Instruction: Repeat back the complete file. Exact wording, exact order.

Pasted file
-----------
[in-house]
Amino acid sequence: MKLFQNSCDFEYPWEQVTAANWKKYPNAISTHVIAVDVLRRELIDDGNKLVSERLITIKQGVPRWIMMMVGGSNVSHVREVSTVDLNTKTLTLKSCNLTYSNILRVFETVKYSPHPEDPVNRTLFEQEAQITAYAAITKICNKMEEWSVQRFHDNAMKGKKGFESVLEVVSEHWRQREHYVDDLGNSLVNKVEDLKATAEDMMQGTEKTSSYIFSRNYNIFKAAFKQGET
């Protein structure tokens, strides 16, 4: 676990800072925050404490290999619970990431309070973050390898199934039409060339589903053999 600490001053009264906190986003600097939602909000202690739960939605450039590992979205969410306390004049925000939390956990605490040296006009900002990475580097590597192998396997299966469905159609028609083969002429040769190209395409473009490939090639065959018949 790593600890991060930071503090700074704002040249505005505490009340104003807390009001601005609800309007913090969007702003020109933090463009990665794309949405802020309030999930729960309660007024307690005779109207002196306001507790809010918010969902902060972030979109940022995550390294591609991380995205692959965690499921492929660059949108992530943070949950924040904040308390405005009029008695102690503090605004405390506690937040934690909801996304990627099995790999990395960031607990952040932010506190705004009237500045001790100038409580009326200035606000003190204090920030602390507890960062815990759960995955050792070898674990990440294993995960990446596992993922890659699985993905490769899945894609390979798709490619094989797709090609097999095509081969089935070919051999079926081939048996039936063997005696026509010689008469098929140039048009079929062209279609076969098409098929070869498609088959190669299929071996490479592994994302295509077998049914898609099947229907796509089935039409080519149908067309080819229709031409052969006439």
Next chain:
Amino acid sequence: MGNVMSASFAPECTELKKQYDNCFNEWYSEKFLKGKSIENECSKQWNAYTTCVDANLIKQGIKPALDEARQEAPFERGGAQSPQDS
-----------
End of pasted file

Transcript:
[in-house]
Amino acid sequence: MKLFQNSCDFEYPWEQVTAANWKKYPNAISTHVIAVDVLRRELIDDGNKLVSERLITIKQGVPRWIMMMVGGSNVSHVREVSTVDLNTKTLTLKSCNLTYSNILRVFETVKYSPHPEDPVNRTLFEQEAQITAYAAITKICNKMEEWSVQRFHDNAMKGKKGFESVLEVVSEHWRQREHYVDDLGNSLVNKVEDLKATAEDMMQGTEKTSSYIFSRNYNIFKAAFKQGET
């Protein structure tokens, strides 16, 4: 676990800072925050404490290999619970990431309070973050390898199934039409060339589903053999 600490001053009264906190986003600097939602909000202690739960939605450039590992979205969410306390004049925000939390956990605490040296006009900002990475580097590597192998396997299966469905159609028609083969002429040769190209395409473009490939090639065959018949 790593600890991060930071503090700074704002040249505005505490009340104003807390009001601005609800309007913090969007702003020109933090463009990665794309949405802020309030999930729960309660007024307690005779109207002196306001507790809010918010969902902060972030979109940022995550390294591609991380995205692959965690499921492929660059949108992530943070949950924040904040308390405005009029008695102690503090605004405390506690937040934690909801996304990627099995790999990395960031607990952040932010506190705004009237500045001790100038409580009326200035606000003190204090920030602390507890960062815990759960995955050792070898674990990440294993995960990446596992993922890659699985993905490769899945894609390979798709490619094989797709090609097999095509081969089935070919051999079926081939048996039936063997005696026509010689008469098929140039048009079929062209279609076969098409098929070869498609088959190669299929071996490479592994994302295509077998049914898609099947229907796509089935039409080519149908067309080819229709031409052969006439």
Next chain:
Amino acid sequence: MGNVMSASFAPECTELKKQYDNCFNEWYSEKFLKGKSIENECSKQWNAYTTCVDANLIKQGIKPALDEARQEAPFERGGAQSPQDS